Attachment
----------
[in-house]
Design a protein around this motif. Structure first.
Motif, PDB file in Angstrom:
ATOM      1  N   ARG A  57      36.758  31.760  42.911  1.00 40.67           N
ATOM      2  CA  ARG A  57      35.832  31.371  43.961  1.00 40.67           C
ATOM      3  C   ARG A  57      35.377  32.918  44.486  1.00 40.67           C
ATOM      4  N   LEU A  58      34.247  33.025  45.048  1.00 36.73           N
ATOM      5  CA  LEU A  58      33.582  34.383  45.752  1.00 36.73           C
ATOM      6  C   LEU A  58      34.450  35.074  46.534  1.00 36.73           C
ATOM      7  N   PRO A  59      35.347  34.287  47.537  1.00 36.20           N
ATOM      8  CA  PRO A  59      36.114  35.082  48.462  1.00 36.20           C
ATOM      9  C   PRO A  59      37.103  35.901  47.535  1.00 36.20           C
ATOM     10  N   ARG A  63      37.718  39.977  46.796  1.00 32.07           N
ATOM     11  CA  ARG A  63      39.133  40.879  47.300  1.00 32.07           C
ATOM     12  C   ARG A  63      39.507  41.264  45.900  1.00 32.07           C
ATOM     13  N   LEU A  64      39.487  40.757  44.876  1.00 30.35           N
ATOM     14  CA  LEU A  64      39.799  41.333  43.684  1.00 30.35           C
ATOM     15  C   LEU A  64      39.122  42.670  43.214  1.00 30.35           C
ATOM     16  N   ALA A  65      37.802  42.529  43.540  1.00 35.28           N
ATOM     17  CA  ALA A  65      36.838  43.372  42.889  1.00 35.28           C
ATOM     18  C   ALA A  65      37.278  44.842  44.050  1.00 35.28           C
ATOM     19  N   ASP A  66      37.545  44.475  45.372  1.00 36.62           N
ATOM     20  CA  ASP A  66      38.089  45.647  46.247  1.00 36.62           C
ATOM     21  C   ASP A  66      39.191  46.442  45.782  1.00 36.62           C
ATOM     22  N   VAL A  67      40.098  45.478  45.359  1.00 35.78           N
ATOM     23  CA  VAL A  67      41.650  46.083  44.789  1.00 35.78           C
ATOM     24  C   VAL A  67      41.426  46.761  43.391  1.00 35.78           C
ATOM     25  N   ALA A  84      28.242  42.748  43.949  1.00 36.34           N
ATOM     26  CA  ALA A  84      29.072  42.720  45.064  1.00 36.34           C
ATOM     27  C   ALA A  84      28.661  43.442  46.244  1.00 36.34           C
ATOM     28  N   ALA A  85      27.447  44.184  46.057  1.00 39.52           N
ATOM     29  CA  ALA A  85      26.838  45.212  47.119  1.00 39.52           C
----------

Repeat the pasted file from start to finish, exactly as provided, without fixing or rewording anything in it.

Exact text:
[in-house]
Design a protein around this motif. Structure first.
Motif, PDB file in Angstrom:
ATOM      1  N   ARG A  57      36.758  31.760  42.911  1.00 40.67           N
ATOM      2  CA  ARG A  57      35.832  31.371  43.961  1.00 40.67           C
ATOM      3  C   ARG A  57      35.377  32.918  44.486  1.00 40.67           C
ATOM      4  N   LEU A  58      34.247  33.025  45.048  1.00 36.73           N
ATOM      5  CA  LEU A  58      33.582  34.383  45.752  1.00 36.73           C
ATOM      6  C   LEU A  58      34.450  35.074  46.534  1.00 36.73           C
ATOM      7  N   PRO A  59      35.347  34.287  47.537  1.00 36.20           N
ATOM      8  CA  PRO A  59      36.114  35.082  48.462  1.00 36.20           C
ATOM      9  C   PRO A  59      37.103  35.901  47.535  1.00 36.20           C
ATOM     10  N   ARG A  63      37.718  39.977  46.796  1.00 32.07           N
ATOM     11  CA  ARG A  63      39.133  40.879  47.300  1.00 32.07           C
ATOM     12  C   ARG A  63      39.507  41.264  45.900  1.00 32.07           C
ATOM     13  N   LEU A  64      39.487  40.757  44.876  1.00 30.35           N
ATOM     14  CA  LEU A  64      39.799  41.333  43.684  1.00 30.35           C
ATOM     15  C   LEU A  64      39.122  42.670  43.214  1.00 30.35           C
ATOM     16  N   ALA A  65      37.802  42.529  43.540  1.00 35.28           N
ATOM     17  CA  ALA A  65      36.838  43.372  42.889  1.00 35.28           C
ATOM     18  C   ALA A  65      37.278  44.842  44.050  1.00 35.28           C
ATOM     19  N   ASP A  66      37.545  44.475  45.372  1.00 36.62           N
ATOM     20  CA  ASP A  66      38.089  45.647  46.247  1.00 36.62           C
ATOM     21  C   ASP A  66      39.191  46.442  45.782  1.00 36.62           C
ATOM     22  N   VAL A  67      40.098  45.478  45.359  1.00 35.78           N
ATOM     23  CA  VAL A  67      41.650  46.083  44.789  1.00 35.78           C
ATOM     24  C   VAL A  67      41.426  46.761  43.391  1.00 35.78           C
ATOM     25  N   ALA A  84      28.242  42.748  43.949  1.00 36.34           N
ATOM     26  CA  ALA A  84      29.072  42.720  45.064  1.00 36.34           C
ATOM     27  C   ALA A  84      28.661  43.442  46.244  1.00 36.34           C
ATOM     28  N   ALA A  85      27.447  44.184  46.057  1.00 39.52           N
ATOM     29  CA  ALA A  85      26.838  45.212  47.119  1.00 39.52           C